New findings published on the experience of surveillance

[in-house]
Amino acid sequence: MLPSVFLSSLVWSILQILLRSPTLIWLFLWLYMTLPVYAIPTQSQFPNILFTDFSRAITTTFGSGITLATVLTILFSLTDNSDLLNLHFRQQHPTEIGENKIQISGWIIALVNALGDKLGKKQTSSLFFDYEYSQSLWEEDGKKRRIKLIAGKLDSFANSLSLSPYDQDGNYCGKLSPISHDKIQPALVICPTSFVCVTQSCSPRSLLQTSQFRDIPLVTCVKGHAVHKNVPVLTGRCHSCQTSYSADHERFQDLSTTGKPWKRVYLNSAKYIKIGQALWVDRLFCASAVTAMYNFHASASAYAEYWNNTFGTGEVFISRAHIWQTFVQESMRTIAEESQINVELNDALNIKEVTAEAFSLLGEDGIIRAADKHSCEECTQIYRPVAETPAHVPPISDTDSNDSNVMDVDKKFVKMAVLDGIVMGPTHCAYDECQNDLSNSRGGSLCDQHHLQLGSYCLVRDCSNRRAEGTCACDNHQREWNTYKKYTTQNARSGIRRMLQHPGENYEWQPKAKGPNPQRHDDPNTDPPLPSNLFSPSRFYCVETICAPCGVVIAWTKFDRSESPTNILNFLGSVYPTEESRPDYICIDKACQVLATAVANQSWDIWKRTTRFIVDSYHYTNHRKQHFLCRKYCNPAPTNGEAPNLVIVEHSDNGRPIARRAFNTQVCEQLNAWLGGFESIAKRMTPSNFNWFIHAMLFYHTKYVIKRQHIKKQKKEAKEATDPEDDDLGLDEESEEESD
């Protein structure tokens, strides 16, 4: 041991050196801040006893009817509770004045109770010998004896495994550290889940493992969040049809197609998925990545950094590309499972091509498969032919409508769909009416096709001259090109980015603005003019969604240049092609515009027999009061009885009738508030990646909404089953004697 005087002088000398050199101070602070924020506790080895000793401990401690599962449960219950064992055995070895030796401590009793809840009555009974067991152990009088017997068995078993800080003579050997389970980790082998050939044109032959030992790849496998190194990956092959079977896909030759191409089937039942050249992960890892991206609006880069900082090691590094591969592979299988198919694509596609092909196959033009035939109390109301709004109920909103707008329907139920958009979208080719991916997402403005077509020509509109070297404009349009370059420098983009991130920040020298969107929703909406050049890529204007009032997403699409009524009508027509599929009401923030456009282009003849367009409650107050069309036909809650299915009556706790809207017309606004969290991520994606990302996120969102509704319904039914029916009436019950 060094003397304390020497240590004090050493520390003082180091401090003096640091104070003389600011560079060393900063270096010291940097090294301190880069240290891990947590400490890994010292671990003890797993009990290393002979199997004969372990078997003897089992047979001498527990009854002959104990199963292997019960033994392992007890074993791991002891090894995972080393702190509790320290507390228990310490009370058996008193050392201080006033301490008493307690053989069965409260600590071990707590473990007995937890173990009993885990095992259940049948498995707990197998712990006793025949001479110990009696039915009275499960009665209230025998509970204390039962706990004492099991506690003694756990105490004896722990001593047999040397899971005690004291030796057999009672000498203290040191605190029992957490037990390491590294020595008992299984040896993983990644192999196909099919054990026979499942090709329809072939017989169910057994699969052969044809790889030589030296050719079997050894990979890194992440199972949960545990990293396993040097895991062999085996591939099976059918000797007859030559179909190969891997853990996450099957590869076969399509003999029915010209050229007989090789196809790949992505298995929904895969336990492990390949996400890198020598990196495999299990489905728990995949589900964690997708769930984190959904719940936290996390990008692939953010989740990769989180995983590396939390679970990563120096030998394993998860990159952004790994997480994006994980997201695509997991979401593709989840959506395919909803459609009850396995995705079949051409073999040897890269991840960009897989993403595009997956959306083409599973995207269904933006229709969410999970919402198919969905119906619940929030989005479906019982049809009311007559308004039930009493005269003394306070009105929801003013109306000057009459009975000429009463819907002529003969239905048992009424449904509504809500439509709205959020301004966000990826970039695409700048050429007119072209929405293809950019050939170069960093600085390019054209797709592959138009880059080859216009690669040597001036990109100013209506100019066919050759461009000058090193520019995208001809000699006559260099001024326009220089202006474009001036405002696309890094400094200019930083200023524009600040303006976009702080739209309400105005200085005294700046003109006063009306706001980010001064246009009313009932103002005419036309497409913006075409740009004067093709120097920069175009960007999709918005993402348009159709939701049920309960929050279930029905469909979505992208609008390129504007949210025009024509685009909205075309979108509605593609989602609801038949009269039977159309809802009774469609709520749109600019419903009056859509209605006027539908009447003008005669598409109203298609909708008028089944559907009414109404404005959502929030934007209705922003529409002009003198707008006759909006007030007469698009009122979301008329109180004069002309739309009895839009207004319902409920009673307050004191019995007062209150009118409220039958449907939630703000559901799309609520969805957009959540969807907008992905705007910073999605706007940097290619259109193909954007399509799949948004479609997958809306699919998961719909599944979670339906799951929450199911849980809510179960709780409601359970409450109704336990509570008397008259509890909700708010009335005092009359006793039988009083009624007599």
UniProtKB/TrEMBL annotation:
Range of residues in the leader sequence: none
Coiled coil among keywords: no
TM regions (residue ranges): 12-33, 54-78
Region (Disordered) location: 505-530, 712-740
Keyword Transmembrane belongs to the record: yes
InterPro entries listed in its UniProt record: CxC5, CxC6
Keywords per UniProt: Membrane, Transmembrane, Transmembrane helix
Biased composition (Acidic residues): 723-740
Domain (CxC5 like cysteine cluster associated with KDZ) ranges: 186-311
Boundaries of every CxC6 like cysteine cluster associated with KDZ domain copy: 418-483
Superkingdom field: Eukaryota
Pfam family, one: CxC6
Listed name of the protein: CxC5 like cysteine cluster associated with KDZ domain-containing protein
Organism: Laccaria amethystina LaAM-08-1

Huge congratulations go to St Andrews CRISP Researcher Meghan McNamara who has achieved her first publication. In the words of her supervisor and co-author, Professor Steve Reicher, Meghan is definitely one to watch! Released last week in Frontiers in Psychology the paper is entitled ‘The Context-Variable Self and Autonomy: Exploring Surveillance Experience, (Mis)recognition, and Action at Airport Security Checkpoints’. It sets out the findings of Meghan’s doctoral research which focused on the experience of surveillance in airports. Using empirical evidence she establishes a key difference in the way that people experience the surveillant aspects of airport security. When individuals were wrongly labelled as suspicious or threatening at airport security, they felt alienated and so felt the need to adapt their behaviour. This was not the case for individuals who were correctly recognised as non-threatening. Meghan argues that this results in a decline of individual autonomy, first in terms of individual’s ability to self-determine and second, in terms of their ability to act freely. The work advances understanding of the surveilled subject, further exploring the connection between experienced and imposed selfhoods under surveillance. Meghan’s research emphasises the damage that is done by imposing incorrect judgements about selfhood in security settings. You heard it here first!